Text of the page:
With the rising popularity of sunny, feel good dance-pop, it’s no surprise that The Knocks sold out Seattle’s Neptune Theatre for a big Saturday night dance party.
The night opened up with Skylar Spence playing for the shockingly empty venue at 9 pm. His 45 minute set was a good time, and a great way to get the ball rolling for the night. His sound is nothing particularly unique, featuring a lot of the same bright, summery, happy feelings that many others use, it sounded like something that you wouldn’t be surprised to hear in any shopping mall. However, it was still a fun set that got people moving and dancing around, ready for what the rest of the night held.
After a brief set change, all the lights dimmed, screams and cheers escalated, and a single light lit up the left side of the stage. After what felt like an eternity, the duo ran on wearing matching bomber jackets that have been featured on their album art. Their set kicked off, and the energy didn’t die down until they stopped, leaving no dull moments in the performance.
The Knocks’ set featured many of their carefree hits, such as “Dancing With Myself” and “Kiss The Sky.” Though the duo spent most of the time behind their big setups mixing everything live for us, there were breaks when James Patterson, or “JPatt,” would step out and sing or play bass right at the front of the stage, high fiving and interacting with eager fans.
The show sold out on the day of the show, and with The Neptune packed with a crowd ready to dance, and music that supports that, it felt more like an outdoor music festival than a show happening about 24 hours before it started snowing. People walked in wearing shorts and tank tops, glitter covering arms and faces, and by the end, there were people on shoulders and inflatable monkeys, palm trees, and dinosaurs bouncing around the crowd.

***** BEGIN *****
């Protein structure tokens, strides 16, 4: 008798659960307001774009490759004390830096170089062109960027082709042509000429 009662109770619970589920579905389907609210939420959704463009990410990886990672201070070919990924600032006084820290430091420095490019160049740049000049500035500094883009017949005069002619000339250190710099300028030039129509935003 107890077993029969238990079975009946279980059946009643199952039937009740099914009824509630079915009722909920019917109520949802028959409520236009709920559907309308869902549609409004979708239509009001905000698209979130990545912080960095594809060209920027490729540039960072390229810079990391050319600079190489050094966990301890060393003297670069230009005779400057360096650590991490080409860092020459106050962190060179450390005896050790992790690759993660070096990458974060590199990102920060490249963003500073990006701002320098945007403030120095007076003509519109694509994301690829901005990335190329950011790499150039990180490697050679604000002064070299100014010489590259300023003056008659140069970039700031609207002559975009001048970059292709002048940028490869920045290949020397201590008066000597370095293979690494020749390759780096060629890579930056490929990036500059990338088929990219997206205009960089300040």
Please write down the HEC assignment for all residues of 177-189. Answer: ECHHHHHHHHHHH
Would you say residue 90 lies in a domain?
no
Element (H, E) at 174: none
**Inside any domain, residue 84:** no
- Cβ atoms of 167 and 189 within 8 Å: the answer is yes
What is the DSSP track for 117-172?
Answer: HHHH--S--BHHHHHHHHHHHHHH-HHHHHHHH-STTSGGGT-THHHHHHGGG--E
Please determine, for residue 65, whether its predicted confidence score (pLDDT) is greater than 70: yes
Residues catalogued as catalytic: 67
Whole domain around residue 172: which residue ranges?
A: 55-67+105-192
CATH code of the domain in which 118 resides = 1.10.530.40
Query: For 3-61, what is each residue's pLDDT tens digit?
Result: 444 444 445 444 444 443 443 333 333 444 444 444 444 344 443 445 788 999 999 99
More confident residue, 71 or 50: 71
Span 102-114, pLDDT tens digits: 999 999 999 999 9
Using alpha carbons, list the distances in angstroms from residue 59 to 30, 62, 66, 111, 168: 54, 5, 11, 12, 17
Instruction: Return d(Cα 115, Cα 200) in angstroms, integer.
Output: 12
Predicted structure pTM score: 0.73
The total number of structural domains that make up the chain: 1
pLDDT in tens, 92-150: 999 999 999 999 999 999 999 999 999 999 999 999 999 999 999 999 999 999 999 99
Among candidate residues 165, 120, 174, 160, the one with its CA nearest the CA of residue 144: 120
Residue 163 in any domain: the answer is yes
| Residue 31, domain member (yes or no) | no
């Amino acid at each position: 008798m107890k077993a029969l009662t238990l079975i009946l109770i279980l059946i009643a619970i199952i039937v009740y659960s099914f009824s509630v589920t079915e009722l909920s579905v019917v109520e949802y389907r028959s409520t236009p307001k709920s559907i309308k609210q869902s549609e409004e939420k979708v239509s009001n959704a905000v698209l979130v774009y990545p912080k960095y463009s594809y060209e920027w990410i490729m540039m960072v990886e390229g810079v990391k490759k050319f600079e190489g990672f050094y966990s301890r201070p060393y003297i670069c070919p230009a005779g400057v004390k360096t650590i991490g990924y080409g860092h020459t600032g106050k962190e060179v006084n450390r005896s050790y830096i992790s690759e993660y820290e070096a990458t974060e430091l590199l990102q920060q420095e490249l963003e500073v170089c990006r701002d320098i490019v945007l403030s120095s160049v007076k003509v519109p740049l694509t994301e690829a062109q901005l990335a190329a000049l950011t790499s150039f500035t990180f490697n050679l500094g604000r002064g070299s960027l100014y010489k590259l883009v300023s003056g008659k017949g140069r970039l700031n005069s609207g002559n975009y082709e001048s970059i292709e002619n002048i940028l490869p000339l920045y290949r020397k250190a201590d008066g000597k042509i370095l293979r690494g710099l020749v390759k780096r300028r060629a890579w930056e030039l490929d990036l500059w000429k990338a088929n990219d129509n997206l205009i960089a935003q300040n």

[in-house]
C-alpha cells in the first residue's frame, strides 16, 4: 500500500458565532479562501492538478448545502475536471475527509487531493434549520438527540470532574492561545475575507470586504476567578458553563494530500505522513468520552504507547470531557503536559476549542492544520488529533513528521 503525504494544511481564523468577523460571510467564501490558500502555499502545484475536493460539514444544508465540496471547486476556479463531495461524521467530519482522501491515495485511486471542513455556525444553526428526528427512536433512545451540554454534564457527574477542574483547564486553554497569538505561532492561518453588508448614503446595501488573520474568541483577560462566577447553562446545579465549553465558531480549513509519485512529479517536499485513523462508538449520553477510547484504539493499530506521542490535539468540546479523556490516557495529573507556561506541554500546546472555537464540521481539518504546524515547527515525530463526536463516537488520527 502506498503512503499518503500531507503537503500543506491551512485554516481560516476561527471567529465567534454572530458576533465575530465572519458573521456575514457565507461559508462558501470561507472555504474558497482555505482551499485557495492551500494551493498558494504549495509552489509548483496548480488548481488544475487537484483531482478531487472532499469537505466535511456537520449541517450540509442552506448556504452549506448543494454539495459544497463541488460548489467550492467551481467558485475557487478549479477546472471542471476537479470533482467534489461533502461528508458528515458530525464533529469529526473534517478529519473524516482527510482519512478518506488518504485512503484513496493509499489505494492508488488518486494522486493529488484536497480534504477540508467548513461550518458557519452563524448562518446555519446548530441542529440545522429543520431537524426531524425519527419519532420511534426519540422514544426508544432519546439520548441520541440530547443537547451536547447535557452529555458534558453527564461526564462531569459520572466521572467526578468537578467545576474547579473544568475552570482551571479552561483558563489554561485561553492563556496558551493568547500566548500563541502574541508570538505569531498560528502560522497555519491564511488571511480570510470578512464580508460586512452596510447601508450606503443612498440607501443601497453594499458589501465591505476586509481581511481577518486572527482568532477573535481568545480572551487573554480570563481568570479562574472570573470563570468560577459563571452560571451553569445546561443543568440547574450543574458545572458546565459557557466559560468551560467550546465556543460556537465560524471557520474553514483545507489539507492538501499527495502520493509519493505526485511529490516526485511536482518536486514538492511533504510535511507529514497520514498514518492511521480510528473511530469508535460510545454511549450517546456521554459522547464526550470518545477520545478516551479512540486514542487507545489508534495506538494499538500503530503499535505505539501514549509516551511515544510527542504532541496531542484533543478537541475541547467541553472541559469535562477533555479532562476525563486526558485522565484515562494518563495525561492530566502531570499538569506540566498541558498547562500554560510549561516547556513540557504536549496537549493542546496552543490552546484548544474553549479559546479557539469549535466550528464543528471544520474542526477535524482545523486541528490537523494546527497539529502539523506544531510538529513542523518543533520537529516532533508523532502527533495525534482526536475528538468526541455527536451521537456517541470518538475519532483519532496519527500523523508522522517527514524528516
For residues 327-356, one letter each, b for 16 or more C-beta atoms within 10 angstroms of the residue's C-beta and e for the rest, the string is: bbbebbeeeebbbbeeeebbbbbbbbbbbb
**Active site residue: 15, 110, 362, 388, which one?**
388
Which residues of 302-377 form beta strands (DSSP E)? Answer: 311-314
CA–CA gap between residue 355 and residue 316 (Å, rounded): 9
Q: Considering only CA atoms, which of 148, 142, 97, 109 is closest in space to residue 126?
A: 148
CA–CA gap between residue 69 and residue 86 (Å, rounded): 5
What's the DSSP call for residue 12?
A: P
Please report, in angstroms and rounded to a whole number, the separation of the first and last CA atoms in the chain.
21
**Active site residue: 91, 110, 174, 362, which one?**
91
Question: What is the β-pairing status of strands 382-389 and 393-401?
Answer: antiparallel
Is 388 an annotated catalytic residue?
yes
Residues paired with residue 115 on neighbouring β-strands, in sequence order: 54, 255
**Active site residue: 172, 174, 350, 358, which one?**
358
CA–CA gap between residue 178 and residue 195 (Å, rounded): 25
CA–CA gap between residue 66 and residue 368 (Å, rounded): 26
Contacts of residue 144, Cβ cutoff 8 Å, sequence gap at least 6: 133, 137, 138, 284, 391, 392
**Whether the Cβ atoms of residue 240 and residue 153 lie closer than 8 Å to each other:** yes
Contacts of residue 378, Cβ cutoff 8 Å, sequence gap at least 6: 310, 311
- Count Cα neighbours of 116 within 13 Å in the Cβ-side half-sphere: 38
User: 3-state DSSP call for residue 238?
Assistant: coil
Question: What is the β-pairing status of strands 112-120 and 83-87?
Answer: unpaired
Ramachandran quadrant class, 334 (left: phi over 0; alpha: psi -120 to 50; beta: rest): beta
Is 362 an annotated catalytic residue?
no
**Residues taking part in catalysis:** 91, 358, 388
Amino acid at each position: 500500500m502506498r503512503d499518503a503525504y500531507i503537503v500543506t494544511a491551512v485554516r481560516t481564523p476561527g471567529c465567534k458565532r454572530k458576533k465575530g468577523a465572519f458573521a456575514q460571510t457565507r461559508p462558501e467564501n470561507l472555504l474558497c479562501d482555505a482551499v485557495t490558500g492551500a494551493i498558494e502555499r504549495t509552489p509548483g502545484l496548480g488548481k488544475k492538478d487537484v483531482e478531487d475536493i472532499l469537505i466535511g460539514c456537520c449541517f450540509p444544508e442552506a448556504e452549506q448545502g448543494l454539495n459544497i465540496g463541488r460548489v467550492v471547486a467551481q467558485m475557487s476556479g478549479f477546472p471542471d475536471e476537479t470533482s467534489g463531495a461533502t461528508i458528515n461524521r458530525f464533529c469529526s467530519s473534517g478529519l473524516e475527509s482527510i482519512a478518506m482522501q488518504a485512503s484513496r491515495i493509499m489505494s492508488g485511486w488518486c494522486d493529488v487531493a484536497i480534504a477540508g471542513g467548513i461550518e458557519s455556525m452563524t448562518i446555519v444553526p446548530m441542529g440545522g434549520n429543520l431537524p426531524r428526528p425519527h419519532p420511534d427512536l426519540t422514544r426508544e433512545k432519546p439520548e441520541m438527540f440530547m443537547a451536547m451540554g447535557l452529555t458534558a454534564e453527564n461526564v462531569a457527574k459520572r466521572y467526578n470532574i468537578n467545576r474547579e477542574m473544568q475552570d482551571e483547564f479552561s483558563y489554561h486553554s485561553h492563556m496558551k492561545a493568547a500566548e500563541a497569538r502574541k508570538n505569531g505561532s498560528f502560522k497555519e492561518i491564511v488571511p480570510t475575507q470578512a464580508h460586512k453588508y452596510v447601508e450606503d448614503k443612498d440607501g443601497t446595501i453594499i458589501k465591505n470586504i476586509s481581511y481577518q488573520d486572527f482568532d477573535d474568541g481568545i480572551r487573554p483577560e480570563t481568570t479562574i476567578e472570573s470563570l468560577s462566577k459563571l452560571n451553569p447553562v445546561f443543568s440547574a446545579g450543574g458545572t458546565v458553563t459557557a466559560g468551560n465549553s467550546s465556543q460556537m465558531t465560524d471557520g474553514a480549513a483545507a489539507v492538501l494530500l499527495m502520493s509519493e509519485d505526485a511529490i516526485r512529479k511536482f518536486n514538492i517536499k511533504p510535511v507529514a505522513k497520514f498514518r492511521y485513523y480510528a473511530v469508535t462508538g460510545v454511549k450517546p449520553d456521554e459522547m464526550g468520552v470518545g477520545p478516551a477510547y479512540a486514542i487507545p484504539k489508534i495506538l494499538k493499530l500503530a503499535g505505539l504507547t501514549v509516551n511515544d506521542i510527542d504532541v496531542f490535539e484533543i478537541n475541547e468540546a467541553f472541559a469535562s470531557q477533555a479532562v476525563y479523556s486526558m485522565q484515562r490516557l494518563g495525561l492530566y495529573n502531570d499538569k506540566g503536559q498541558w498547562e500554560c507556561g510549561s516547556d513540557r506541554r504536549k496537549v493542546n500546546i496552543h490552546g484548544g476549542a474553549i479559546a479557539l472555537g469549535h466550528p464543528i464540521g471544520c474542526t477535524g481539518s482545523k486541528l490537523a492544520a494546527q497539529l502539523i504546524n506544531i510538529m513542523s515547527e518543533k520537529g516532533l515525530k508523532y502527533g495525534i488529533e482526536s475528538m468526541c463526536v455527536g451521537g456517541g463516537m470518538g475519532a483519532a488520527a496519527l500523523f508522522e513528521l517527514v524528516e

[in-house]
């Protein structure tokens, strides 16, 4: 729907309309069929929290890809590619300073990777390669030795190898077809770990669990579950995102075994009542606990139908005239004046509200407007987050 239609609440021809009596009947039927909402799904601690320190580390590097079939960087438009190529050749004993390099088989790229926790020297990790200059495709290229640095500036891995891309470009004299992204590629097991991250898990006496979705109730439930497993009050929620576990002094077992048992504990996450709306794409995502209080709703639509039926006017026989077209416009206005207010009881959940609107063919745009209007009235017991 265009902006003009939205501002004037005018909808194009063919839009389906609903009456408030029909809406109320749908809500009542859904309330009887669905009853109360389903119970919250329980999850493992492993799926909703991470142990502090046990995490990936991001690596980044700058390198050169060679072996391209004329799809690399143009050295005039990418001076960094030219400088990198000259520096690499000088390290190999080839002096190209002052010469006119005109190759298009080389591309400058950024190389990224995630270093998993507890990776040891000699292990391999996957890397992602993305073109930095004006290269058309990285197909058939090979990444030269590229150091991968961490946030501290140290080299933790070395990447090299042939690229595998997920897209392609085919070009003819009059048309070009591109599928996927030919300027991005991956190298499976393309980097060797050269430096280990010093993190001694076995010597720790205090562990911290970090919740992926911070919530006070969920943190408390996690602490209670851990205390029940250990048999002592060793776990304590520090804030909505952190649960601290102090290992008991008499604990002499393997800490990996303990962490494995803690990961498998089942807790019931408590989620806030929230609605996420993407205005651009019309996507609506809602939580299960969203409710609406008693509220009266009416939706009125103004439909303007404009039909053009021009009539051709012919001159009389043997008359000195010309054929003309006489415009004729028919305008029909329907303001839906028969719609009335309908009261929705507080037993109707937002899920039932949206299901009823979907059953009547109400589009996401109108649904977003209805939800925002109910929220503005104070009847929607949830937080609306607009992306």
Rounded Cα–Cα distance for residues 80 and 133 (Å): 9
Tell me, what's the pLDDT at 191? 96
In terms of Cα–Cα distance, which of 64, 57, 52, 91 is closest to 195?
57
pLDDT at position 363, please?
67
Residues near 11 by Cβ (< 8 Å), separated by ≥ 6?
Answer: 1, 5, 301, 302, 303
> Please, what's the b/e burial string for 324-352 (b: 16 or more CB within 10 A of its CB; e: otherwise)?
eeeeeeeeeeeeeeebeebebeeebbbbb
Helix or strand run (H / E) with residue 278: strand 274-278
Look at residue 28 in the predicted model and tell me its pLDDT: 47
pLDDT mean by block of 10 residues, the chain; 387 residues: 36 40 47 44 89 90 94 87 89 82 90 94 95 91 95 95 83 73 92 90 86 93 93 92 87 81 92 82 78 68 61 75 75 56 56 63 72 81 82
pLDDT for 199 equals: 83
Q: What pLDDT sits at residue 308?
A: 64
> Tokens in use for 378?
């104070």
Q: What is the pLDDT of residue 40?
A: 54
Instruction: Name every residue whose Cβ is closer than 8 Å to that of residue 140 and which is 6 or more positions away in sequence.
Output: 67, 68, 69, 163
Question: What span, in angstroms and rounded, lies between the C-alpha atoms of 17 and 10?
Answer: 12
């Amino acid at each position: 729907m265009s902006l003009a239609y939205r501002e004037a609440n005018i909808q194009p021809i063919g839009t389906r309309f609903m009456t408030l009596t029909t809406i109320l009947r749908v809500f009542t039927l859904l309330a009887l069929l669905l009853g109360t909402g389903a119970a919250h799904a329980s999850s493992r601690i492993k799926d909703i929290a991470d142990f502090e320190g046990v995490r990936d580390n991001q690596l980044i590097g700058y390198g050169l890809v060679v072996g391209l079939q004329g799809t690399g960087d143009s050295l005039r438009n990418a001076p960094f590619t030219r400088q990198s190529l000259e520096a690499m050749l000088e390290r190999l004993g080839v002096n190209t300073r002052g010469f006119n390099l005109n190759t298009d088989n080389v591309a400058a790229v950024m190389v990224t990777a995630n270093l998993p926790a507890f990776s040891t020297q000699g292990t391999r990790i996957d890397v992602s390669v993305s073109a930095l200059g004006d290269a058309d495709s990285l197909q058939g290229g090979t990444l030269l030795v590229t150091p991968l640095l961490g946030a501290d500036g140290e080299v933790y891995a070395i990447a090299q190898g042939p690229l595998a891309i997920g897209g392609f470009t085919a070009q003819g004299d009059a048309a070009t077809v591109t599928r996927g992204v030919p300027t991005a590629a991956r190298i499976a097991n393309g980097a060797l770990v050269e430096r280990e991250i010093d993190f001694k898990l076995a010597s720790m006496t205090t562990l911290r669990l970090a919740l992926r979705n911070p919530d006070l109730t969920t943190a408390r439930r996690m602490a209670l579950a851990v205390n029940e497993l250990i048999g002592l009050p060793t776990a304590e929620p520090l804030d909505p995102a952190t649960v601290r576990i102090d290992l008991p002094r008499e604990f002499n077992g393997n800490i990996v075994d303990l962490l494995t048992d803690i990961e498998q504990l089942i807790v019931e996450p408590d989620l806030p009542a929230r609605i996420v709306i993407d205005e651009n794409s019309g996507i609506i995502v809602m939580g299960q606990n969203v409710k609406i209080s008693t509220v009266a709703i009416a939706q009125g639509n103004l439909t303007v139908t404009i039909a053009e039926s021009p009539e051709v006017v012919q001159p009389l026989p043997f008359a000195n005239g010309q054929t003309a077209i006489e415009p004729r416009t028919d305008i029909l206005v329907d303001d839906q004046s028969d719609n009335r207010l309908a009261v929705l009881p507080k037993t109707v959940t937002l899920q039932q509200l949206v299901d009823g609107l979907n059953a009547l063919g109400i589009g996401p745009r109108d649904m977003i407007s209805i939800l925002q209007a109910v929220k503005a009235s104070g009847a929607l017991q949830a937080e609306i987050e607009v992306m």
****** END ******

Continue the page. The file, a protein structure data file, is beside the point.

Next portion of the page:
Towards the end of the night, they decided to play “I Wish (My Taylor Swift),” a collaboration with Matthew Koma, and one of my favorites from The Knocks. The track, while it still fits really well with all their other music, is a bit on the slow side, edging more towards something you just listen to, rather than dance and party to. So when the opening of it started to play, I was interested to see how they would fit it in, and if it would end up killing the night, or being a low point. With very little remixing or changing of the track, they actually somehow managed to make it just as hyped up and exciting as any of the others, and it didn’t stick out at all. And finally closing out the night with their most popular track, “Classic,” was the perfect move, as the crowd knew and belted every word while bouncing around to it with everyone.
The Knocks have the kind of party show that gets even people up on the balcony dancing and jumping around just as much as anyone on the floor. They’ve found a great summer-y and carefree sound that allows their show to offer everyone a break from their lives, and it’s the kind of set that makes you happy and energetic year-round.